Only one in five disabled students has received vital funding [UK]

Government statistics released today show that the SLC has so far distributed £43m less in funding than last year, despite an unprecedented rise in student numbers – and applications for grants and loans – in the past 12 months.

The Guardian has learned that more than 12,000 disabled students have also been left without vital funding for specialist equipment and to pay fees for personal helpers. Campaigners are now claiming progress is so slow that it would take 75 weeks to clear the backlog.

3 Comments

  1. I wrote a piece about Kurt Fearnley’s airport protest on my own blog here: http://suryaofvulcan.livejournal.com/84992.html

  2. I have a mental health disablility so this comment covers two posts – on being in academe and on UK funding. I did “come out” (as I see it) and I got funding really quickly and easily, plus computer and stuff. 🙂 But it took a while for people to not give off that watching you vibe and some of them never did. 🙁 This was rather gendered too, other women being more open. Also there were a number of bipolar members of the faculty. Which helped. What was very unhelpful though was what Sara Ahmed talks about – the difference between narrative (policy) and performativity (delivery) and ultimately I did not completed the course. (MA) I was still offered a place on the PhD which says something, I guess, but in the end I just couldn’t face all the hassle involved in levelling my own playing field. It was a whole other module….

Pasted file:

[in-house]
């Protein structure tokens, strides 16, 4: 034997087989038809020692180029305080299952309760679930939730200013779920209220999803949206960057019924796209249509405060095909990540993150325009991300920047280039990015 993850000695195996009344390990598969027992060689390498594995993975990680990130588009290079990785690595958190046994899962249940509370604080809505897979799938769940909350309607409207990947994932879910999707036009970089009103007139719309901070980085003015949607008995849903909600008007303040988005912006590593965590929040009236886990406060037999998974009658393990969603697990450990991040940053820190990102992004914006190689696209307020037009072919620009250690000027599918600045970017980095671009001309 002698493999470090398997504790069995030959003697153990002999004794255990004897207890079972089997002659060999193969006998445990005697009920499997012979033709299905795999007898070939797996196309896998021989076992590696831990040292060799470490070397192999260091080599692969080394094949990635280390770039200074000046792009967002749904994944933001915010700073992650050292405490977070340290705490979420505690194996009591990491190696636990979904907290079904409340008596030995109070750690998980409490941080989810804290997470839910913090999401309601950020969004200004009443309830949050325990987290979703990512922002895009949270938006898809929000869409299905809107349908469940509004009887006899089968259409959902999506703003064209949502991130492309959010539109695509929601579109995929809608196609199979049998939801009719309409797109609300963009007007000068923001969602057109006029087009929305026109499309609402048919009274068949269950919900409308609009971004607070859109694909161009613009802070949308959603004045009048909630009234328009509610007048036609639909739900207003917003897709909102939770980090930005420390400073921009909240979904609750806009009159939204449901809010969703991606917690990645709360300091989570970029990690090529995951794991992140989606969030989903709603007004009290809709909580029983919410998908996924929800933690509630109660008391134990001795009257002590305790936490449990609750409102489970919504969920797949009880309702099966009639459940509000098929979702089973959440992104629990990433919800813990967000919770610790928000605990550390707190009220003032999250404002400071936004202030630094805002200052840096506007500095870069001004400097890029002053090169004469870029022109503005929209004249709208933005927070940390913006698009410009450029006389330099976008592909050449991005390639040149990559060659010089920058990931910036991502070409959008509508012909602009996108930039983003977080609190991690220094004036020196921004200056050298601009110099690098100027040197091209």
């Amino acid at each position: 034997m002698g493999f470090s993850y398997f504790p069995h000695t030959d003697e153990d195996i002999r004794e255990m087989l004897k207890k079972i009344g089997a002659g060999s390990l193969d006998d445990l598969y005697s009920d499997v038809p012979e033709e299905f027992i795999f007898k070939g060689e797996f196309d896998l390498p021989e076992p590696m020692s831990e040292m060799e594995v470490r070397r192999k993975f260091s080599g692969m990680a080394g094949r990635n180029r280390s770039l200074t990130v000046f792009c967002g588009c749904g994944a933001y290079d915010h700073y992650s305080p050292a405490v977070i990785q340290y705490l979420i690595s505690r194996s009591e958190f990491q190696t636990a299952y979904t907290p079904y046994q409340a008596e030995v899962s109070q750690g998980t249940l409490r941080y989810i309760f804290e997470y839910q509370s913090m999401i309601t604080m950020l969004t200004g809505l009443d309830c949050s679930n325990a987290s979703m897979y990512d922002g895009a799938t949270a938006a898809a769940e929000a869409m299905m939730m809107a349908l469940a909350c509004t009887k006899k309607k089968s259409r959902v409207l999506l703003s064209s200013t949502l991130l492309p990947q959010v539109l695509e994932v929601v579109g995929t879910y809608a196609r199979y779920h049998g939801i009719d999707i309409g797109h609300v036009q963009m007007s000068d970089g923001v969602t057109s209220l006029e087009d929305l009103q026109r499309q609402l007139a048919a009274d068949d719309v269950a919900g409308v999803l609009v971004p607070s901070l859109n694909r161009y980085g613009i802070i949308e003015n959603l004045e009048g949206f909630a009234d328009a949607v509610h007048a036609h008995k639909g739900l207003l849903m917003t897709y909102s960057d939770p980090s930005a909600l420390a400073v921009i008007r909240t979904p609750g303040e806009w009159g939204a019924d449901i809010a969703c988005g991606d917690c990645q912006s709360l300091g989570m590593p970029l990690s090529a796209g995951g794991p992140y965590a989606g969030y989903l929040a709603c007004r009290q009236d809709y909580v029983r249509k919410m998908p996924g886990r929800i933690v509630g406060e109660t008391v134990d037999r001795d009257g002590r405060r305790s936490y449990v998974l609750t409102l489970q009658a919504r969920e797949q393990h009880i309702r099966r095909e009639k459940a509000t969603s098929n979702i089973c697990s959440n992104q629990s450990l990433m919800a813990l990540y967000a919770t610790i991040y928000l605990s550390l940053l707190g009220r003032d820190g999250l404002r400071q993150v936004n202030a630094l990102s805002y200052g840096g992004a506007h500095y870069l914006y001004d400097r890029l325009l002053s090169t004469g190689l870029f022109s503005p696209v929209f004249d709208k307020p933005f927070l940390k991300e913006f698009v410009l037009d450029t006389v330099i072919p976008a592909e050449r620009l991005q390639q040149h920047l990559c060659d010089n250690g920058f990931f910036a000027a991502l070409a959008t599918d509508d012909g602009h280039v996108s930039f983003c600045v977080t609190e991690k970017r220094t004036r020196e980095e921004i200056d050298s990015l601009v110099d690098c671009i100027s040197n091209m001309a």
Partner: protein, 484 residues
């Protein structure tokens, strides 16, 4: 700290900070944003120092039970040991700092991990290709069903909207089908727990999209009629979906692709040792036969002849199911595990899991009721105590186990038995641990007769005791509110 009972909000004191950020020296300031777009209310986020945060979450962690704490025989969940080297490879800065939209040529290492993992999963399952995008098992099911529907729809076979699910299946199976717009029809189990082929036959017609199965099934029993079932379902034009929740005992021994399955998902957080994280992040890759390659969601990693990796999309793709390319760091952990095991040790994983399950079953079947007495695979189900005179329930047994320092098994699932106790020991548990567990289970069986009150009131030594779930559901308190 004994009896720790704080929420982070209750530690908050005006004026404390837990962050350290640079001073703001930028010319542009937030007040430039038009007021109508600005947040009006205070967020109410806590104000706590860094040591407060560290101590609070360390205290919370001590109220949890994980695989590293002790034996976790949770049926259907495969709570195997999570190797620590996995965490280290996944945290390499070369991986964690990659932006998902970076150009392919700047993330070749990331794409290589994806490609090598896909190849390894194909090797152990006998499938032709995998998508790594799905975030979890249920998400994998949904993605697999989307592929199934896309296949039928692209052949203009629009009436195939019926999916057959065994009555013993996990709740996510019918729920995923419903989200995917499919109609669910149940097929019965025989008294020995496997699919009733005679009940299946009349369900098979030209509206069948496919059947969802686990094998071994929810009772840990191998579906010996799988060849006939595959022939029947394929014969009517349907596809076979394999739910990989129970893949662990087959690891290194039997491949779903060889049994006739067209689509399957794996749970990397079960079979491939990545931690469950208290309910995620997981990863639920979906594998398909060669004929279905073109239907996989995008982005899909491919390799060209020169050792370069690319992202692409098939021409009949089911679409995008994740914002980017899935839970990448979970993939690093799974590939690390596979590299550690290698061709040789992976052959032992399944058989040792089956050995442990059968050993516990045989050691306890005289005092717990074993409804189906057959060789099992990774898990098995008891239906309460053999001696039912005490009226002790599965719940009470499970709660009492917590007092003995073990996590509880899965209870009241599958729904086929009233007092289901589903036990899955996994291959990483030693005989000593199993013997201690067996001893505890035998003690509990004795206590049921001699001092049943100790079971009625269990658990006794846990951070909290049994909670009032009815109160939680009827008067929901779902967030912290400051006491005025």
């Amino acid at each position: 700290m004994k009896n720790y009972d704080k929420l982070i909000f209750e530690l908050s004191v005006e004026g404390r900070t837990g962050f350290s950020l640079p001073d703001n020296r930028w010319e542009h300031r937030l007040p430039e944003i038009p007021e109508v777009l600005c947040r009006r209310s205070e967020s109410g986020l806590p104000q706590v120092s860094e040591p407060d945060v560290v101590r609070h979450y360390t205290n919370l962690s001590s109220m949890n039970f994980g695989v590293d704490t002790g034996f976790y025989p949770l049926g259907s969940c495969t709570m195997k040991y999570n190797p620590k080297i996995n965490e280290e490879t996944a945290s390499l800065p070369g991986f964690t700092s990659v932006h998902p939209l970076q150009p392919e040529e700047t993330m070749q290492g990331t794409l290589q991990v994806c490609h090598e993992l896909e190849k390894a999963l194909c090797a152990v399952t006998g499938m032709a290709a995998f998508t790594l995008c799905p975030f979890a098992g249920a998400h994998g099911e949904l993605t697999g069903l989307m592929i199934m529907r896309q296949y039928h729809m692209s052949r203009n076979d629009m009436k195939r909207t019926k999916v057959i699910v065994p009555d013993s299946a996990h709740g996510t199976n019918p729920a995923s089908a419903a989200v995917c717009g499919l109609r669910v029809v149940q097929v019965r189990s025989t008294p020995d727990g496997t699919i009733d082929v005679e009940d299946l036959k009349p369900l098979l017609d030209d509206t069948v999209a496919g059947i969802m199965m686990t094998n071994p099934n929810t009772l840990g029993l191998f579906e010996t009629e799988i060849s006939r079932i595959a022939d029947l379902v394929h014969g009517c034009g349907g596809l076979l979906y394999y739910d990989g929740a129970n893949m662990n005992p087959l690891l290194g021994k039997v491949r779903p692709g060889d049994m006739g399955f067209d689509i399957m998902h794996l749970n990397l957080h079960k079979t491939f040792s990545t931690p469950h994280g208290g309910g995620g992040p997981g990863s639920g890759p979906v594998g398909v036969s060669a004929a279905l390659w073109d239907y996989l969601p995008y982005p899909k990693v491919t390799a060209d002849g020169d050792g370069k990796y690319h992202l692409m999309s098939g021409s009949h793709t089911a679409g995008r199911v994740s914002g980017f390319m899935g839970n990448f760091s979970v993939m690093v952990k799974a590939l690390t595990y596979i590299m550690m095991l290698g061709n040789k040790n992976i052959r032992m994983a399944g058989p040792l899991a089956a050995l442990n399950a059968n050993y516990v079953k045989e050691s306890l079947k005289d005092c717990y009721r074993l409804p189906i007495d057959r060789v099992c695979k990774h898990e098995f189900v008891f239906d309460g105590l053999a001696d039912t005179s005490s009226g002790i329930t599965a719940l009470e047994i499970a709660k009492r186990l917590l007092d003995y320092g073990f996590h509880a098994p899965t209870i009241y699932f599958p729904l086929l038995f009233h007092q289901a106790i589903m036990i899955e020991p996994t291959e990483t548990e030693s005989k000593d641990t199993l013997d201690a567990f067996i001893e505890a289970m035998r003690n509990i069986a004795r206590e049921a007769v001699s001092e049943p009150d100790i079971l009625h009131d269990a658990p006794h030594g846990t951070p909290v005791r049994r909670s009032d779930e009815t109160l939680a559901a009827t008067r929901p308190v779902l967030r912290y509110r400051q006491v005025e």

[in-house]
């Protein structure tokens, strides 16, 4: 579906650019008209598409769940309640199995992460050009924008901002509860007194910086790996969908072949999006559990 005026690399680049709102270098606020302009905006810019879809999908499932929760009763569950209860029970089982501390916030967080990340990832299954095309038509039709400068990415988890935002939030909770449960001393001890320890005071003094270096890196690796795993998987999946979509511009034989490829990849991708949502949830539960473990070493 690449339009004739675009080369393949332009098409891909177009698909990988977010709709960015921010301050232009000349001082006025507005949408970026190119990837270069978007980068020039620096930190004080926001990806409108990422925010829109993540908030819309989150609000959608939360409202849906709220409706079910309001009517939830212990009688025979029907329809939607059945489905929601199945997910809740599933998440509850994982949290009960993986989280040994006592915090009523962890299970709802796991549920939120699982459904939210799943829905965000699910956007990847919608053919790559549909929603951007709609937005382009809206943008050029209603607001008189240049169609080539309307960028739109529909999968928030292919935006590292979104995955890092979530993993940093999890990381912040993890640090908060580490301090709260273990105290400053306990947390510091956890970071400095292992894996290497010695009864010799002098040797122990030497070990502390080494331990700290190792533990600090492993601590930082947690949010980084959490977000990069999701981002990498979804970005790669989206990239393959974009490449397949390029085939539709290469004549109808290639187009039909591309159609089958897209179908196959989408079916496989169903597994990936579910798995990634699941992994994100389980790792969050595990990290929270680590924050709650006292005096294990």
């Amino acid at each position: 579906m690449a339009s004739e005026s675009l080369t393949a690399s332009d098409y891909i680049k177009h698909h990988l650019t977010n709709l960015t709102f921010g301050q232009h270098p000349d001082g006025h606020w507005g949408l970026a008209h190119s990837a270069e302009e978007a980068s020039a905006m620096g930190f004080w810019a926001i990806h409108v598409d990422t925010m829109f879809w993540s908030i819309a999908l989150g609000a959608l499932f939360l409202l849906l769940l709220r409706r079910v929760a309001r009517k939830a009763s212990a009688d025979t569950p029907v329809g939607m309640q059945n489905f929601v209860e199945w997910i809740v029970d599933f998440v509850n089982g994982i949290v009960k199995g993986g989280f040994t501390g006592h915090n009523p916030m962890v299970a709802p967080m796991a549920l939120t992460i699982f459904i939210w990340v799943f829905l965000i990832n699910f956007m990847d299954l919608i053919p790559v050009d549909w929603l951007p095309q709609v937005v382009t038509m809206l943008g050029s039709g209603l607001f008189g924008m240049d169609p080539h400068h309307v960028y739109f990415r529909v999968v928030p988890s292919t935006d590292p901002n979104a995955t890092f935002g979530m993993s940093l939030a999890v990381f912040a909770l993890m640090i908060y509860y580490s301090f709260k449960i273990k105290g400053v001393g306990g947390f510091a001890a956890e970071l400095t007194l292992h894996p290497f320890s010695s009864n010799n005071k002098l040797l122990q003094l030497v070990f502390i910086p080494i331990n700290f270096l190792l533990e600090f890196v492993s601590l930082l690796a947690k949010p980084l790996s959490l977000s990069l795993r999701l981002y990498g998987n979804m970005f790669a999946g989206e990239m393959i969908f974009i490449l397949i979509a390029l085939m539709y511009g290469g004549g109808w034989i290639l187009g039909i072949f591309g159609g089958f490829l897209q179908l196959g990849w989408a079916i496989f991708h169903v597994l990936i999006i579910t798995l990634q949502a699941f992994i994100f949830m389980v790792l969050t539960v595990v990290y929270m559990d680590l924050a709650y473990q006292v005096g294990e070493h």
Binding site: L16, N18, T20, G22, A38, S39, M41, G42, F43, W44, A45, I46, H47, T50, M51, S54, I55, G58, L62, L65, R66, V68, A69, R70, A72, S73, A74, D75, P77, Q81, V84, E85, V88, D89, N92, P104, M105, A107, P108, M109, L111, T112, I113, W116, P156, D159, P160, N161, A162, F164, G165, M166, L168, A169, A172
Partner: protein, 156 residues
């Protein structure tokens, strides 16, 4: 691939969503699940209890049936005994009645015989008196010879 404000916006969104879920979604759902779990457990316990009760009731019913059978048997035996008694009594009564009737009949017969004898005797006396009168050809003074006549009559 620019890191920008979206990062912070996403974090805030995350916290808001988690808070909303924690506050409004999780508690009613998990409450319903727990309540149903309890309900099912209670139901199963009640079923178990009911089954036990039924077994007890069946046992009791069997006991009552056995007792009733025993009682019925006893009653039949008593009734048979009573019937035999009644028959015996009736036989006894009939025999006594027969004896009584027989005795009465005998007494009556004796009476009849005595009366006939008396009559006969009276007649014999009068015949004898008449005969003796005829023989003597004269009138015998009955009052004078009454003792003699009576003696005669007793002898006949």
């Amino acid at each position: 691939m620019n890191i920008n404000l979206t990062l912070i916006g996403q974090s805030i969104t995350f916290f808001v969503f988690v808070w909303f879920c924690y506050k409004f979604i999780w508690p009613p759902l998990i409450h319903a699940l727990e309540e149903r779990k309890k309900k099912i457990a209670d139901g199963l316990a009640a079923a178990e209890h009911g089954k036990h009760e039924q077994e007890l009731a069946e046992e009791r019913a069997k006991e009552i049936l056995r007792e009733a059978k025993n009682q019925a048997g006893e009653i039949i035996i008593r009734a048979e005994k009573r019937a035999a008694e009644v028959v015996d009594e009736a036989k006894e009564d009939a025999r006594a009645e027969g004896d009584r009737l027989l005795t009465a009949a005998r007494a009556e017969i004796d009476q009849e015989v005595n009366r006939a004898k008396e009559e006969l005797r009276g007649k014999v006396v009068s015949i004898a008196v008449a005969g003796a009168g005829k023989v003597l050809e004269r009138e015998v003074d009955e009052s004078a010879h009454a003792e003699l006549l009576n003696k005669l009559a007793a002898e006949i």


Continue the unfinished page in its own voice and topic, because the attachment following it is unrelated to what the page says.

Thanks for this blog, I shall return.

  3. Government statistics released today show that the SLC has so far distributed £43m less in funding than last year, despite an unprecedented rise in student numbers – and applications for grants and loans – in the past 12 months.

    The Guardian has learned that more than 12,000 disabled students have also been left without vital funding for specialist equipment and to pay fees for personal helpers. Campaigners are now claiming progress is so slow that it would take 75 weeks to clear the backlog.

    🙁 This is me (and 11,999 others, obviously). I have yet to receive funding assisistive devices and software which I need. I applied for this funding in April.

    I was also told I was not eligible for a student loan due to having previously been to university. I’d dropped out for medical reasons. As soo as I realised this, I phoned the helpline and afterseveral hours on hold, was told they would sort it out “within a few days”. It took three months to get them to agree that I had “compelling peronal reasons” for dropping out and the whole process didn’t help my still-fragile physical and mental health. Jerks.

    Oh, and they tried to fine my bf over a thousand pounds for an administrative error that was their fault and not his.